OAKLAND -- Coach Mark Jackson wants the Warriors to be a defensive team. Deep down, he wants to belittle opposing offenses. He wants his teams to create fear and frustration, like the Knicks and Pacers teams he played on did back in the day.

As training camp begins, Jackson might be closer than ever before to making Golden State that kind of team. His Warriors made noted strides defensively last season.

Now they have the tools, on paper, to be really good on that end. Yes, the Warriors.

"We already have established ourselves as a very good defensive team," Jackson said. "There were nights where we were great. And then there were nights where we could've been better. So we're going to continue to keep our foot on the gas pedal and demand that we be an elite defensive team."

Last season, the Warriors finished fifth in the NBA in opponent's field-goal percentage (.439). They employed a pack-the-paint philosophy and emphasized rebounding. They offset their individual defensive shortcomings with a help-heavy team defense concept.

But Golden State has added better individual defenders to the mix. The offseason acquisition of Andre Iguodala gives the Warriors a versatile and proven perimeter defender.

At 6-foot-6, 207 pounds, and being an elite athlete, Iguodala gives the Warriors a shutdown defender to throw at the league's best players. Usually assigned to the likes of LeBron James and Kobe Bryant (and Stephen Curry in the playoffs), Iguodala automatically upgrades the Warriors' man-to-man defense.

And they can do that without sacrificing offense, which was the case last season when guard Klay Thompson -- one of the Warriors' top scorers -- was called upon to defend the best players.

Last season, Iguodala helped Denver go from being one of the league's worst defenses to No. 11 in opponent's field-goal percentage.

"I would say I had a lot to do with it, because I had a lot of responsibility," he said.

He won't have to bear it alone with this roster. Thompson and then-rookie forward Harrison Barnes grew to be capable defenders last season. Also, point guard Toney Douglas, signed during free agency, makes his money harassing ballhandlers. He gives the Warriors someone who can chase around the speedsters.

"I hated (Steph) Curry playing against Toney Douglas," Warriors general manager Bob Myers said. "It was like he couldn't score."

And all of that is on top of Andrew Bogut being healthy. According to the reports from the Warriors' private workouts, he's looking like the guy who was once a top-three center in the NBA. If that's true, the Warriors have one of the better defensive centers in the league.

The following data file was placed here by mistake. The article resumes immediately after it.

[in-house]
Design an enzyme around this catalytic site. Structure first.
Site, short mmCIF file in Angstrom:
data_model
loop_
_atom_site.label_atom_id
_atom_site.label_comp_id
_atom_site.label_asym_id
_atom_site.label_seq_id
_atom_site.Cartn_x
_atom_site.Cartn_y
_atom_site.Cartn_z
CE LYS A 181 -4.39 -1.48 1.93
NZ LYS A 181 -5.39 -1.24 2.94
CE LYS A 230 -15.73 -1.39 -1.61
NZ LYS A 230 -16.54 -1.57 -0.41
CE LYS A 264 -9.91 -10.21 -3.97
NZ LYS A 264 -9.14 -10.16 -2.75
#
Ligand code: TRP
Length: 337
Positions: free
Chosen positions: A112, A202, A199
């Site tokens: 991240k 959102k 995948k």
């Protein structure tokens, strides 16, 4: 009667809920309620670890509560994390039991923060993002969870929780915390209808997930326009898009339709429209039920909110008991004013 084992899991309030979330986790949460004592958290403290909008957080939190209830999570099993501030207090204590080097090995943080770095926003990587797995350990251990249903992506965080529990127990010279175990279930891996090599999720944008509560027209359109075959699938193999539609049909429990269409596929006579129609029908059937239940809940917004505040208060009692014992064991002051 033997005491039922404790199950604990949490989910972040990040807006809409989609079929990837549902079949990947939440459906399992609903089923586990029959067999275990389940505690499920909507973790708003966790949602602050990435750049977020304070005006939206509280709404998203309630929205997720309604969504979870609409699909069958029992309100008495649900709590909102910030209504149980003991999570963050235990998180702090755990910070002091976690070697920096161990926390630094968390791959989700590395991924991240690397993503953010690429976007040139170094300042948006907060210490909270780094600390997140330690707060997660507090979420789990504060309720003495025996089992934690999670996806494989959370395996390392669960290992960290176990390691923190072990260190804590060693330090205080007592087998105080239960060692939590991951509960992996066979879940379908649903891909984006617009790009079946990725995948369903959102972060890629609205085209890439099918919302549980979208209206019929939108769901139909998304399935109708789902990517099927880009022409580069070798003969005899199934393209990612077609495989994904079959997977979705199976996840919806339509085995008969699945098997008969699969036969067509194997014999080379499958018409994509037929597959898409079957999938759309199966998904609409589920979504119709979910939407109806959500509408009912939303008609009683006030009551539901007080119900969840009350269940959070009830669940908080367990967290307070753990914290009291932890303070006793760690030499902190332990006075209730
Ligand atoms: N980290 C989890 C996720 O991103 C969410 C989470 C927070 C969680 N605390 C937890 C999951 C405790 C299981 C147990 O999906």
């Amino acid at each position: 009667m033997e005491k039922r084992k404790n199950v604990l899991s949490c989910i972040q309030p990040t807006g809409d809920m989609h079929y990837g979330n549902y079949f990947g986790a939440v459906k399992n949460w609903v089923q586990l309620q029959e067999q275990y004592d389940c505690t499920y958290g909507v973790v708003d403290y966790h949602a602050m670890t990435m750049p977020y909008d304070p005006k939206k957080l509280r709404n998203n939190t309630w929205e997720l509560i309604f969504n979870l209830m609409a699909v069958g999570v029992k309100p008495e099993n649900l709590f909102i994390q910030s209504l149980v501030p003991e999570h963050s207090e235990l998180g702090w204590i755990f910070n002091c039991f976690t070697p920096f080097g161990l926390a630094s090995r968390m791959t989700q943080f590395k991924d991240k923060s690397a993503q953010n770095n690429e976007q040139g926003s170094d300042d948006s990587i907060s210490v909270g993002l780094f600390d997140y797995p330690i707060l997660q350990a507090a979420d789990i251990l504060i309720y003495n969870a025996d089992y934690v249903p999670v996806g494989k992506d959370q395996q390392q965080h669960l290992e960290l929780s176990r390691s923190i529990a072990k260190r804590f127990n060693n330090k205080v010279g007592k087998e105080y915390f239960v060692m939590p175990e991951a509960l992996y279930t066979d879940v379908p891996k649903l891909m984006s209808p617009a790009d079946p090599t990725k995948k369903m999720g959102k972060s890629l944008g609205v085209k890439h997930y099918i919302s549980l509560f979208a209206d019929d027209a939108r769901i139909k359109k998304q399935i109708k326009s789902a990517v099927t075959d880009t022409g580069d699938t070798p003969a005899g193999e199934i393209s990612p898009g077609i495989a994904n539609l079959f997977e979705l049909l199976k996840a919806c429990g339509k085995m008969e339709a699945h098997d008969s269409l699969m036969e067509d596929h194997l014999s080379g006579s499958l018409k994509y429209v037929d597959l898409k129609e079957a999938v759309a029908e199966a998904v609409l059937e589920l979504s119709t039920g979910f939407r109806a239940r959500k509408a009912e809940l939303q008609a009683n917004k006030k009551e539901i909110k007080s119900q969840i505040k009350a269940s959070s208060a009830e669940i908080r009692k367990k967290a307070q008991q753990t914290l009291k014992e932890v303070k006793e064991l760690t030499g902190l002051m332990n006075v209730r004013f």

The last time he was healthy, when he played 65 games for Milwaukee in 2010-11, Bogut averaged 11.1 rebounds and an NBA-best 2.6 blocks. Even when injured, he showed flashes of how much he can impact Golden State.

"The playoffs were a big struggle for me, just getting through the end of the season," Bogut said. "My tank was snapped off past empty. But right now, this is the best I've felt since I broke my ankle."

Bogut anchors a front line that is bigger and stronger than in the past. Last season, the Warriors went undersized at center a lot, playing forwards David Lee and Carl Landry. But they added veteran big man Jermaine O'Neal to back up Bogut, at least until second-year center Festus Ezeli returns from knee surgery.

Jackson said the Warriors' size adds another style they can play. The Warriors often turned to zone last season. Now, they figure to be able to press on the perimeter and match up with bigger teams. On paper.

"It will be interesting to see how it jells," Myers said. "We think we've got some greater individual defenders. We think we've got some smart team-oriented defenders."

  • Rookie center Ognjen Kuzmic, whom the Warriors drafted with the No. 52 overall pick in 2012, signed a guaranteed two-year deal for the league minimum. Kuzmic, 23, is a 7-foot-1, 251-pounder from Bosnia.

  • Former lottery pick Joe Alexander has been added to the Warriors' training camp roster. The 6-foot-8, 230-pounder out of West Virginia missed last season with a hamstring injury. Before that, he averaged 8.4 points and 3.8 rebounds in a Russian League.

    Alexander was drafted No. 8 overall by Milwaukee in 2008.

    ONLINE EXTRAS
    Warriors guard Stephen Curry leaves Nike. Read the full story, and see a full photo gallery of media day, at www.mercurynews.com/warriors.

    GETTING SOCIAL

    Rookie guard Seth Curry poses for a picture to live tweet during media day at the Warriors' practice facility Friday in Oakland. Curry, who played for Duke, is the younger brother of Warriors star point guard Stephen Curry.